Director: Heena Dsouza
Cast: Khushboo Upadhyay
Sarvagun Sampann, a 14-minute short film directed by Heena Dsouza (Pressure Cooker), spends most of its time following a 40-year-old spinster at a middle-class Indian wedding. For anyone familiar with the sociocultural dynamics of this event, being a single person – or worse, an unmarried lady – at a wedding is like being the Joker to the bride’s Batman. They don’t know where you’re from, they don’t know what you do, they think you’re crazy and deformed and lonely, and everyone’s eyes are on you. Everyone has their own version of who you might actually be. You become a bigger draw than the couple on stage.
But what defines this film is the strange personality of this woman, Kalyani. She seems to know exactly what she stands for at such gatherings. She can almost hear the nasty whispers. Yet, Kalyani is chatty, infectious, cooperative and always in the ear of all the aunties and uncles that gossip about her ‘origins’ behind her back. She dances with gay abandon, and offers generous support to all the wives and daughters worried about various skin conditions. In other words, she is far from a paranoid victim. She has to be hiding a secret that makes her immune to society’s most deadly disease. The curious premise earns her a revelation of sorts: Kalyani, it appears, is a shrewd businesswoman who has in fact monetized the intrusive and superficial atmosphere of a wedding household. She has weaponized the social perception of her status, willing to let strangers ponder about her as long as she can prey on their little insecurities.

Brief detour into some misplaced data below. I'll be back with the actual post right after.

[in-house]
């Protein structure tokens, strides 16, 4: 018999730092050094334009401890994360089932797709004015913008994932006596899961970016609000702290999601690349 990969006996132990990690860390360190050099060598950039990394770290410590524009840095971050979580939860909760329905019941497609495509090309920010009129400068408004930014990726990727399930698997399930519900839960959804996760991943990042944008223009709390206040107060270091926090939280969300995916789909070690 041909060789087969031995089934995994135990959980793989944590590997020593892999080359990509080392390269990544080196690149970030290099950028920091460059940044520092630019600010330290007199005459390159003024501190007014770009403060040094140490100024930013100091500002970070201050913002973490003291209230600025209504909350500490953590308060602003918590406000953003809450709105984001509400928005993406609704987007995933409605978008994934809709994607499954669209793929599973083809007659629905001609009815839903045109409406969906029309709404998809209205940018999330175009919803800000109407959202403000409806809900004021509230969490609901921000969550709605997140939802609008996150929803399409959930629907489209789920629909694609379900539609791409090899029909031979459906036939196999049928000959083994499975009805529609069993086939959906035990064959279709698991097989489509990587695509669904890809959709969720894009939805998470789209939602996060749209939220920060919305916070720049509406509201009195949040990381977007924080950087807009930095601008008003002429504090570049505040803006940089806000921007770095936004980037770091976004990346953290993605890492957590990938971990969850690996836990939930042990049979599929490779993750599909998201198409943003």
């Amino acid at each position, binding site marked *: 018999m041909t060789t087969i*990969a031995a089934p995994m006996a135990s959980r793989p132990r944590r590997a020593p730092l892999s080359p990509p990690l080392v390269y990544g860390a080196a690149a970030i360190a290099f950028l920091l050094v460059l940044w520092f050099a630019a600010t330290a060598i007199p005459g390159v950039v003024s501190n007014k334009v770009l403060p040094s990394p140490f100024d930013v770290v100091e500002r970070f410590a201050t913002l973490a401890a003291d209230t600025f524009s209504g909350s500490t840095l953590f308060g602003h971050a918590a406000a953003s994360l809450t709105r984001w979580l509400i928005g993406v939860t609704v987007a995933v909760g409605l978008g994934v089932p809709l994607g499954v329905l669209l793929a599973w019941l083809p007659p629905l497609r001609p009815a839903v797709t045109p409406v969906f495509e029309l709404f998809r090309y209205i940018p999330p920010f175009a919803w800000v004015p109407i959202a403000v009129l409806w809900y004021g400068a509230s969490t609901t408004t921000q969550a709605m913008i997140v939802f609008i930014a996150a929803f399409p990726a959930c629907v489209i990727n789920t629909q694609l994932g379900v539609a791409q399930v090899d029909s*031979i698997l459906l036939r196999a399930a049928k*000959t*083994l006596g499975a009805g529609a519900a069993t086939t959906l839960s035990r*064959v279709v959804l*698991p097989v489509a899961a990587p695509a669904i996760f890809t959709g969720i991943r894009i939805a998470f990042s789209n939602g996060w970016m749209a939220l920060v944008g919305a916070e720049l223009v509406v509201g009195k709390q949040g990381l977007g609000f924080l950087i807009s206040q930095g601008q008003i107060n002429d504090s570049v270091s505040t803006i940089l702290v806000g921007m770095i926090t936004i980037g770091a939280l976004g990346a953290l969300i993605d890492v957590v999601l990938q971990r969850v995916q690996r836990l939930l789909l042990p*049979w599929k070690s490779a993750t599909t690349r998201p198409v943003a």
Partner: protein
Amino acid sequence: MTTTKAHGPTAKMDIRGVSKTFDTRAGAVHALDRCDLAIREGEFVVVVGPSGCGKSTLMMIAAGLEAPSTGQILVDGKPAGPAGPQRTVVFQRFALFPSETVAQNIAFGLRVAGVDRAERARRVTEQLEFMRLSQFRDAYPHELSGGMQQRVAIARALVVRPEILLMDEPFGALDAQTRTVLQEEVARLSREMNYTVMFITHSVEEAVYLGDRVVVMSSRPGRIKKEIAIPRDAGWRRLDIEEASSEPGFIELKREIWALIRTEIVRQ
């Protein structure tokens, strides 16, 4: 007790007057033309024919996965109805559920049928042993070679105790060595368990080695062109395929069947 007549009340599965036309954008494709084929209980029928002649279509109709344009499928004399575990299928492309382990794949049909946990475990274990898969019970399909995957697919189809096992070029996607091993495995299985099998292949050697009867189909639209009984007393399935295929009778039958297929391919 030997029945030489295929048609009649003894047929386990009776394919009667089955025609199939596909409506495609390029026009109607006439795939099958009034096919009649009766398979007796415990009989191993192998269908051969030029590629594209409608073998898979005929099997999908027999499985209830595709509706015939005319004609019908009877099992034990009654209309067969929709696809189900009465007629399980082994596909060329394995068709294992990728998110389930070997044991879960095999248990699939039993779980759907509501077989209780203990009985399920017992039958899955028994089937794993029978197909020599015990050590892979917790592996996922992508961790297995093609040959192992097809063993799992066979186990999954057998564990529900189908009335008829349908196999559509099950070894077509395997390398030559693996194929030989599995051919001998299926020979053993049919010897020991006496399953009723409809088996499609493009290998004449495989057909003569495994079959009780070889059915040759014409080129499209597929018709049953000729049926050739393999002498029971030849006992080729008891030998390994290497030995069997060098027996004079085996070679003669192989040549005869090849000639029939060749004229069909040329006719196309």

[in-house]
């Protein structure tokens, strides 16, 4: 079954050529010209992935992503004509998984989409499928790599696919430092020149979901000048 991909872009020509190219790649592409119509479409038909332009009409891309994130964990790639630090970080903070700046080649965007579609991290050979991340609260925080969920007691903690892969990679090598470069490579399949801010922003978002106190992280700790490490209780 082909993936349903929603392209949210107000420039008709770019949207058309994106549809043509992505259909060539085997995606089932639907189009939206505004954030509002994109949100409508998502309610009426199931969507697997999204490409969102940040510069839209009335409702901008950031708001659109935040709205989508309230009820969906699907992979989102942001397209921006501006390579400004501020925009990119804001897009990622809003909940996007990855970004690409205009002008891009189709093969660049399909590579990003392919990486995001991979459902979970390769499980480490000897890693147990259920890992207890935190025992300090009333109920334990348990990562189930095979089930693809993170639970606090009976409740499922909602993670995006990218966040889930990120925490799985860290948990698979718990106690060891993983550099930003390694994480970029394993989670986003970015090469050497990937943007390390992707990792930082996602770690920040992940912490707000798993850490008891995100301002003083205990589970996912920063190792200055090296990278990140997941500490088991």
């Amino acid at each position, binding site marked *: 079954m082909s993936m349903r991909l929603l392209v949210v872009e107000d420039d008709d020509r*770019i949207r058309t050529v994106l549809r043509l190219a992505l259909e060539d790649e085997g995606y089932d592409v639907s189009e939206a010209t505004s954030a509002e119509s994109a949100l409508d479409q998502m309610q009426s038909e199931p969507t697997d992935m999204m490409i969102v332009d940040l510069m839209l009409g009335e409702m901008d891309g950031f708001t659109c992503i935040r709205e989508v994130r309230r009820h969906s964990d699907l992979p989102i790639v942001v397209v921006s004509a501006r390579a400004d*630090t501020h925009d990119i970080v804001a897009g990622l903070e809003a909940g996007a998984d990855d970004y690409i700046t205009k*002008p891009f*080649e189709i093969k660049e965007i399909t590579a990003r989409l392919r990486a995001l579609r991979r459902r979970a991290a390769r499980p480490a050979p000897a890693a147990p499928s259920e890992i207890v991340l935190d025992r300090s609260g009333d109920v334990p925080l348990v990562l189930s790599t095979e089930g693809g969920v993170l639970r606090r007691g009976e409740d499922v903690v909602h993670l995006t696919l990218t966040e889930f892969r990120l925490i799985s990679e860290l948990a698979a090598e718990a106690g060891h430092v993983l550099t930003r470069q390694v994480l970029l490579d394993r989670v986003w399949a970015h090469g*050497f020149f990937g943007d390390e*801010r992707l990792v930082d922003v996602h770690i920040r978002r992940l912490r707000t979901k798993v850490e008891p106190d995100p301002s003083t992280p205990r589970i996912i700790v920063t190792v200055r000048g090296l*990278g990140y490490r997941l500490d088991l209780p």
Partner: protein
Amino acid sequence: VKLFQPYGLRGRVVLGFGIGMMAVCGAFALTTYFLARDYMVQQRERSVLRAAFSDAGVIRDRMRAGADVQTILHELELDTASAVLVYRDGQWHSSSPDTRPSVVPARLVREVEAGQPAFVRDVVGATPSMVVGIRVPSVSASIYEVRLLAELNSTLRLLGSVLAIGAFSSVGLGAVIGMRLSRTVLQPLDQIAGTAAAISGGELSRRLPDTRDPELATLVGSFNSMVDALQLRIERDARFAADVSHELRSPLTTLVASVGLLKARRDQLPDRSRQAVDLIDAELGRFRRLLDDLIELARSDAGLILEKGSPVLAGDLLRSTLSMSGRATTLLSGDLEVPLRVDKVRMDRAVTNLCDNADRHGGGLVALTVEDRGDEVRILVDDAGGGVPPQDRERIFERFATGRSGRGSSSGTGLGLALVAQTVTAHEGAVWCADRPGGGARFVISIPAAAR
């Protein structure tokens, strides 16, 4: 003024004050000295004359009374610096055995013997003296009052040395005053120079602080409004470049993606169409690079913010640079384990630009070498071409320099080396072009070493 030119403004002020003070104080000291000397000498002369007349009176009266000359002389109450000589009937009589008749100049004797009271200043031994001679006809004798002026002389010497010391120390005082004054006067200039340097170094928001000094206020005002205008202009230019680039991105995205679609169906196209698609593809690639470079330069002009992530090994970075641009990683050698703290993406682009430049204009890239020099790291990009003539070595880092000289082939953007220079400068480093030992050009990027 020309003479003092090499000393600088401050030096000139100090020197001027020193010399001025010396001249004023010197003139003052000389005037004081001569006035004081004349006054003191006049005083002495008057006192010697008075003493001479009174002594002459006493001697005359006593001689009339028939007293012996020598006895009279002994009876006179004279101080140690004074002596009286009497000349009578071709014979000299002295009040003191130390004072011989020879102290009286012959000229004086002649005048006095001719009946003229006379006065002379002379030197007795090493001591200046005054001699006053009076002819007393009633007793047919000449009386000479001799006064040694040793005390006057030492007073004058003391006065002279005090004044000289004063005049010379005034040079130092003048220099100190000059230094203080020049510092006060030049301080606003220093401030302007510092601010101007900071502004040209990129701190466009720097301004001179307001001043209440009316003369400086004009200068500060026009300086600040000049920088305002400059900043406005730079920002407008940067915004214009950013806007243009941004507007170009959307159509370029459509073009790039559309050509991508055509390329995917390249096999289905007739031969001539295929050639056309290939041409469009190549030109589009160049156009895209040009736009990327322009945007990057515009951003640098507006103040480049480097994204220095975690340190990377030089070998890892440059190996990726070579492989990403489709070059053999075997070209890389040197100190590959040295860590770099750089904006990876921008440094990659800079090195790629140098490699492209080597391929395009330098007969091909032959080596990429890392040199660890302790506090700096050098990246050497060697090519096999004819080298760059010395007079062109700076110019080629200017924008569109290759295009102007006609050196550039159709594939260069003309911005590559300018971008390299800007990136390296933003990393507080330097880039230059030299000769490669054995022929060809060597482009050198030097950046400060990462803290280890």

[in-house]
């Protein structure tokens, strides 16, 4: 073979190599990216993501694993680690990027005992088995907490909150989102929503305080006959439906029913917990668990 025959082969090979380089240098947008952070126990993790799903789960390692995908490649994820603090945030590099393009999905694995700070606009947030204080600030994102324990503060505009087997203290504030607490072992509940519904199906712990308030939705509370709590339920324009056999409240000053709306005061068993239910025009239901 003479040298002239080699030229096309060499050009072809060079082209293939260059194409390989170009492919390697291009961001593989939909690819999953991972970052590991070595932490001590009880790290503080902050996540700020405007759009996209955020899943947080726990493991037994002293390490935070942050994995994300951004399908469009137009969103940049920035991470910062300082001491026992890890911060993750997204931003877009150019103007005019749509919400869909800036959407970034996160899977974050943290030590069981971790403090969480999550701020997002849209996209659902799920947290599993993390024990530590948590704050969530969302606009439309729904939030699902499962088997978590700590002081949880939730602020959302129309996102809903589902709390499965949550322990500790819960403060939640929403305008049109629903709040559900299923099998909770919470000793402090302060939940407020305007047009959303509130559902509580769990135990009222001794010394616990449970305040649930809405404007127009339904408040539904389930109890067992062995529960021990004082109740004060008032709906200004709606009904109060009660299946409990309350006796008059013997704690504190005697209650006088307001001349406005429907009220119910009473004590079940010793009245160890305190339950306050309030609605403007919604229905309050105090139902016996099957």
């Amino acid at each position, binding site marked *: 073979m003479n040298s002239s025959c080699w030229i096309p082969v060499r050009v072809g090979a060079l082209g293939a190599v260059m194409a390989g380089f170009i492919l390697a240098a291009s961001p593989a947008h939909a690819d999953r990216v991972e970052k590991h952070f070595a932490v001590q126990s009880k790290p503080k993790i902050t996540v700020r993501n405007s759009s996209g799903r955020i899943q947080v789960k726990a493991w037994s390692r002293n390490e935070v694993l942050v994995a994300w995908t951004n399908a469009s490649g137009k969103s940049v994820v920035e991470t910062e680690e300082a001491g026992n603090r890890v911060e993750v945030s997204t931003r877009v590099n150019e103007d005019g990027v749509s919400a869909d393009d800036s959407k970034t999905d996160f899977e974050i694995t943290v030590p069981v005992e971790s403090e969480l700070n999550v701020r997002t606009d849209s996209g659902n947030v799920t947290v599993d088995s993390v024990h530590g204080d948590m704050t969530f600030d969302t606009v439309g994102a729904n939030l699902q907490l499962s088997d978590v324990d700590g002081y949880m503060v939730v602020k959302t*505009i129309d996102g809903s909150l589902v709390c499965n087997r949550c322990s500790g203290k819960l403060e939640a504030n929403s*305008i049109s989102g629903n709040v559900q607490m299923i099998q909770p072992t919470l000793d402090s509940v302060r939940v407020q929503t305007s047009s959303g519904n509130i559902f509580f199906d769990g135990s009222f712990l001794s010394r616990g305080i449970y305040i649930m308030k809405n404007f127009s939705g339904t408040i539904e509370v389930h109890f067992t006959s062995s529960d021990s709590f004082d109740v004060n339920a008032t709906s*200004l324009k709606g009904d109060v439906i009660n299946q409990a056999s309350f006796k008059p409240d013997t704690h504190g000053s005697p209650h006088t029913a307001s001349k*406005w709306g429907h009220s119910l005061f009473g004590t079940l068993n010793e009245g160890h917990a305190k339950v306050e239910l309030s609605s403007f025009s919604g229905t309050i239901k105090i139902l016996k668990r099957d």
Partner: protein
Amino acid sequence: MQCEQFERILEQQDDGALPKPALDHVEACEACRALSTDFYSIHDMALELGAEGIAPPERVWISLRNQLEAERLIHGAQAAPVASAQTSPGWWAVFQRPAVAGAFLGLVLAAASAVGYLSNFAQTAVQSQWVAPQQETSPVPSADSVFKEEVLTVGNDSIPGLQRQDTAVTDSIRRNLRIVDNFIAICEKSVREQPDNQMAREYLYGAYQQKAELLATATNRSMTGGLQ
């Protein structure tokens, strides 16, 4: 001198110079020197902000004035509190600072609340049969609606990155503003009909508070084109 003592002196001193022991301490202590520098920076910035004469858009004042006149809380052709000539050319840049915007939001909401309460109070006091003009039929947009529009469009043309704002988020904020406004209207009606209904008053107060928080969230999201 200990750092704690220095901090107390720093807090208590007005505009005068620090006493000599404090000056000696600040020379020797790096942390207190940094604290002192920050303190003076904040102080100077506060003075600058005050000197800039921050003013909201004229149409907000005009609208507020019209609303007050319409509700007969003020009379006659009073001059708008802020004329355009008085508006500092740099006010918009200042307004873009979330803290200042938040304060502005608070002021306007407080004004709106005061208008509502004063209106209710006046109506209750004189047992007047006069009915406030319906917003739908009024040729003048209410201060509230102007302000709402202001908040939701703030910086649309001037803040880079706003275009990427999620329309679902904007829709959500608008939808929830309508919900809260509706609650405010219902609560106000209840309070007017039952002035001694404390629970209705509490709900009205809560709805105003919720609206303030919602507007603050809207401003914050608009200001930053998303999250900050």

Sarvagun Sampann ends before any real damage is done. And leaves us with a grin – the “I see what you tried to do there” kind – rather than a full-blown smile
To see the pariah of a party turn the tables on the eyes that scrutinize her is weirdly satisfying – even if it means that the film thinks it looks more suspenseful than it really is. It takes a while for Sarvagun Sampann to get there – the pace is convoluted, the narrative rhythm a bit off – but it presents a female protagonist who is unapologetic for a reason. There is a method to her manic-pixie madness. She has cultivated a reputation that helps her to judge – and exploit – the same people who think they’re judging her. I like that the makers didn’t go with a quick-and-dirty commercial twist of her being a lesbian, a sad widow, a witch or an alternative lifestyle-embracing hippie. To be fair, the bar is pretty low.
But the idea, I suspect, looked smarter on paper. It’s not easy to engage with on screen. Despite Khushboo’s (Jaoon Kahan Bata Ae Dil) creepy-cool lead turn, there’s an air of expository repetition about the film. We see Kalyani manipulate all kinds of “shaadi” characters – which is fine in context of how the film mines the texture of a pre-wedding space. The observations (two housewives eating and a videographer getting in their face) are nice, too, but Sarvagun Sampann might have missed a trick by being uneven about the mystery of its protagonist.
At one point we see Kalyani enter and relax in her own house for a change – a rare peek into the universe of someone we’d either want to know fully or not know at all. The scene feels unnecessary because there’s no follow-up; it adds nothing with respect to what we learn about her in the end. Maybe her life was better left in the shadows. But it also feels incomplete because Kalyani is a fascinating person who deserves a more detailed gaze. The film almost borders on antagonizing Kalyani in order to depict her as a clever, independent hustler. Fortunately, Sarvagun Sampann ends before any real damage is done. And leaves us with a grin – the “I see what you tried to do there” kind – rather than a full-blown smile.